Simon Dale is a family man in Wales, the western part of Great Britain. His interest in self-sustainability and ecological awareness led him to dig out and build his own home—one of the loveliest, warmest, most inviting dwellings you could ever imagine.
And it cost him only £3,000, about $4,700 American dollars! His second reason is a plea for sustainability, in which he states that “our supplies are dwindling and our planet is in ecological catastrophe”. You can read the full and passionate statement here!
Simon is also a photographer, and as you can see throughout this article, a talented one. The tools are fairly simple. The main concession to modernity was a chainsaw, which he used to cut down about 30 small trees. No old-growth forest fell to his family’s needs. He focused on tools that used his own energy, like a shovel, chisel, and hammer. Yet it took him only four months to produce this lovely home.
The home is constructed from wood, stone, straw, and has a sod roof. It’s heated with a wood fireplace and has a solar panel for power. Most materials were scavenged and refurbished appliances. The effect, though, isn’t of a run-down get-by-with-second-best. It’s creative, artistic, elegant, and cozy. It is, in fact, magical.
Most amazingly, the home didn’t require years of training or experience. Simon had none. He’s not an architect. He’s not an engineer. He’s not a carpenter. He started from scratch in every sense. He told the Daily Mail: Building from natural materials does away with producers’ profits and the cocktail of carcinogenic poisons that fill most modern buildings.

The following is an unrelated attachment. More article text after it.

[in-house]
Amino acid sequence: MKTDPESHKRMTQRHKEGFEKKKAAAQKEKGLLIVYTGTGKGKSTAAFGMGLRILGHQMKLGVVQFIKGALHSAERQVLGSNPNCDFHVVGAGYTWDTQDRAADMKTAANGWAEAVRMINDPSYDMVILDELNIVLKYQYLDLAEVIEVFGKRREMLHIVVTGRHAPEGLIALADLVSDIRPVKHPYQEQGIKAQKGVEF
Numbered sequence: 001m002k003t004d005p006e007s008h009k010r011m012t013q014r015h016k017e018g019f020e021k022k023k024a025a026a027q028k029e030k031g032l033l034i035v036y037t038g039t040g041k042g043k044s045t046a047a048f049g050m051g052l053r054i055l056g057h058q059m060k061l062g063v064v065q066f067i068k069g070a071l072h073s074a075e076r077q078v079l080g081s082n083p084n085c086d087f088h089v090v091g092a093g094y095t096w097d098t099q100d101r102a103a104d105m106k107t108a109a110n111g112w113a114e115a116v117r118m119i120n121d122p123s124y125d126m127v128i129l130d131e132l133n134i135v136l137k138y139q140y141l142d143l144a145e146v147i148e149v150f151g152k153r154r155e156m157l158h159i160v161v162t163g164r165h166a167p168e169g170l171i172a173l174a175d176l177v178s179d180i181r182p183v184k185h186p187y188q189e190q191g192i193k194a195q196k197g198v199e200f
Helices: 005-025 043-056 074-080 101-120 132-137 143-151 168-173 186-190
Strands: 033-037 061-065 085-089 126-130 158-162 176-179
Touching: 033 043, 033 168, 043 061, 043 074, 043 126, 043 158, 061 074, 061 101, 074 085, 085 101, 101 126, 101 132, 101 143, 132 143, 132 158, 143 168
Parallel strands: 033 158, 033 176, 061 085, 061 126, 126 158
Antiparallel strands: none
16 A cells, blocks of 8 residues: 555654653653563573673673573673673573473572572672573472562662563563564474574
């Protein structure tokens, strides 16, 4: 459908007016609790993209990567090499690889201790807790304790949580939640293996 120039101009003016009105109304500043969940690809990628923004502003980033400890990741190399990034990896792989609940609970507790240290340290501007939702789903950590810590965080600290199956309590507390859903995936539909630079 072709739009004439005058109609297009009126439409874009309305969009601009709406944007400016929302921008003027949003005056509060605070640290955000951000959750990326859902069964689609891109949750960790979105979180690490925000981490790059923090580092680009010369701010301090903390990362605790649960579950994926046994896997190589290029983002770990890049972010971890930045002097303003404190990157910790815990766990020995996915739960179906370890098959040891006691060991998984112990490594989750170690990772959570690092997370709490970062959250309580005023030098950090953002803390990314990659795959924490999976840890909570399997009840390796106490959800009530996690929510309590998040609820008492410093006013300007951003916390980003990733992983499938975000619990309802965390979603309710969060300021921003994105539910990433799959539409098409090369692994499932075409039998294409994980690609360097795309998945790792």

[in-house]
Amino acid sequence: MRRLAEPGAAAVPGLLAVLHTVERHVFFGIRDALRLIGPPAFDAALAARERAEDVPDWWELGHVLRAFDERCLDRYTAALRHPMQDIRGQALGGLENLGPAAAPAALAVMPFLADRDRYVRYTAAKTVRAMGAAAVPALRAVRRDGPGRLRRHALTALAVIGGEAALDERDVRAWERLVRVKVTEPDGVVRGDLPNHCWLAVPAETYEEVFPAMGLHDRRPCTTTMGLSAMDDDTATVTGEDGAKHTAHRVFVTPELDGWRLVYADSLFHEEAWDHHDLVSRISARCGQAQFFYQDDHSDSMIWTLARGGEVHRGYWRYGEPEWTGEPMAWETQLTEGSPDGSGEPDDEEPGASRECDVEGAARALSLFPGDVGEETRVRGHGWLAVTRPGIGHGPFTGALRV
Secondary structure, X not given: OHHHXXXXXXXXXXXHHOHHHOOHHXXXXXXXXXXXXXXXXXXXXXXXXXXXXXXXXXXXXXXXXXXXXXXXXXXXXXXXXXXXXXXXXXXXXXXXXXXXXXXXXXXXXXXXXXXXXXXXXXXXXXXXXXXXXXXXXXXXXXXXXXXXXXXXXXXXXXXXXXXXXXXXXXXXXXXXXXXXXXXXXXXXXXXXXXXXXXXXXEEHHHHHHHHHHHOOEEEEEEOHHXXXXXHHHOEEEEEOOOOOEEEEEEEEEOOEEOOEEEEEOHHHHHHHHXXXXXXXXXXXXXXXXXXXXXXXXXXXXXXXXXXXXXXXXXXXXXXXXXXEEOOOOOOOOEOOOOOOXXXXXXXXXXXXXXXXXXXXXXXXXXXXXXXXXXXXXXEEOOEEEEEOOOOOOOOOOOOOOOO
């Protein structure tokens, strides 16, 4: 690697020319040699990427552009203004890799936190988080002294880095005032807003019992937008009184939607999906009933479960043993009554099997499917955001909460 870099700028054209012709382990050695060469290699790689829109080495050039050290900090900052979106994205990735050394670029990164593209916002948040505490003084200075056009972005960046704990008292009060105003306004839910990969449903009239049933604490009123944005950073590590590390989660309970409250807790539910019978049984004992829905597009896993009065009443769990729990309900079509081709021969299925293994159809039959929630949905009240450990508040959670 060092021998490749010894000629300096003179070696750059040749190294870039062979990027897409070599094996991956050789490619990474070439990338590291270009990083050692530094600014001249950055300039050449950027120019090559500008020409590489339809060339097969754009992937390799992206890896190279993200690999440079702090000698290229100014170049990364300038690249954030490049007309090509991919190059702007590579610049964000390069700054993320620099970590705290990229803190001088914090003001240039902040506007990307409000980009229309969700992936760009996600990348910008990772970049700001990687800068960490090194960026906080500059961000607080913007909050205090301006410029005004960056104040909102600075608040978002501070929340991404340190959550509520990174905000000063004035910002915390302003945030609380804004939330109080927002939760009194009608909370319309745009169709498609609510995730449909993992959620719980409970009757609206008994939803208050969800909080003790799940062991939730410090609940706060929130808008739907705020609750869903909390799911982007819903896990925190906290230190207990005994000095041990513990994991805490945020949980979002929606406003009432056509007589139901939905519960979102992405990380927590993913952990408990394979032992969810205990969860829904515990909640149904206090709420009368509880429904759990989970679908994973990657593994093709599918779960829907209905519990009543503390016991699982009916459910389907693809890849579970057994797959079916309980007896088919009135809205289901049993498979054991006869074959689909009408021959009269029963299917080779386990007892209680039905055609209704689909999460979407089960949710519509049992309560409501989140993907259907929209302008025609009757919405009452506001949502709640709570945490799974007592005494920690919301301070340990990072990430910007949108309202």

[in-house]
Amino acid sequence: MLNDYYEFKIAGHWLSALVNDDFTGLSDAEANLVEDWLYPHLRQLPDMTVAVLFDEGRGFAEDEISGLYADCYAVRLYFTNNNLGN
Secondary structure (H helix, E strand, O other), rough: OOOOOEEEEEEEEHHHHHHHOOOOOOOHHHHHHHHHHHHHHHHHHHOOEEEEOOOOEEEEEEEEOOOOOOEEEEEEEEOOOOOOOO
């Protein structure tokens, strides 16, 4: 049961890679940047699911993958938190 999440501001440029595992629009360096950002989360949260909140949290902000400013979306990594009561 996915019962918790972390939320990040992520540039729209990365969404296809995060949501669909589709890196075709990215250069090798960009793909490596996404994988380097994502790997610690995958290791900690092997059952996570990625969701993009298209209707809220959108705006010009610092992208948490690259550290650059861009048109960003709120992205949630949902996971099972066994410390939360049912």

He was fortunate in obtaining the land for his home. The plot, a bit of a large piece, was given to him in exchange for its caretaking. Simon Dale, his wife Jasmine Saville, and their two children in front of their completed home just 4 months after starting it! This and all photos on this page are by Simon Dale.
A compost toilet, straw insulation over a plastic layer for insulation, and a refrigerator chilled by air that flows from beneath the home’s foundation are all examples of the home’s eco-friendly features. Because cement emits a lot of carbon, the inside walls are completed using lime plaster rather than cement plaster. Simon is now working on a new home for the Lammas Project.
a non-profit dedicated to low-impact construction. The emphasis is not only on the homes themselves, but also on tree and garden planting, as well as low-impact living in general. This is how he describes his feelings about his home and the Lammas Project: I can’t think of a more beautiful, inviting, or livable home than this one. This might, and should, be the wave of the future when it comes to home construction.
For more information about Simon Dale’s home, plans, and more photos, please go to his website, A Low Impact Woodland Home.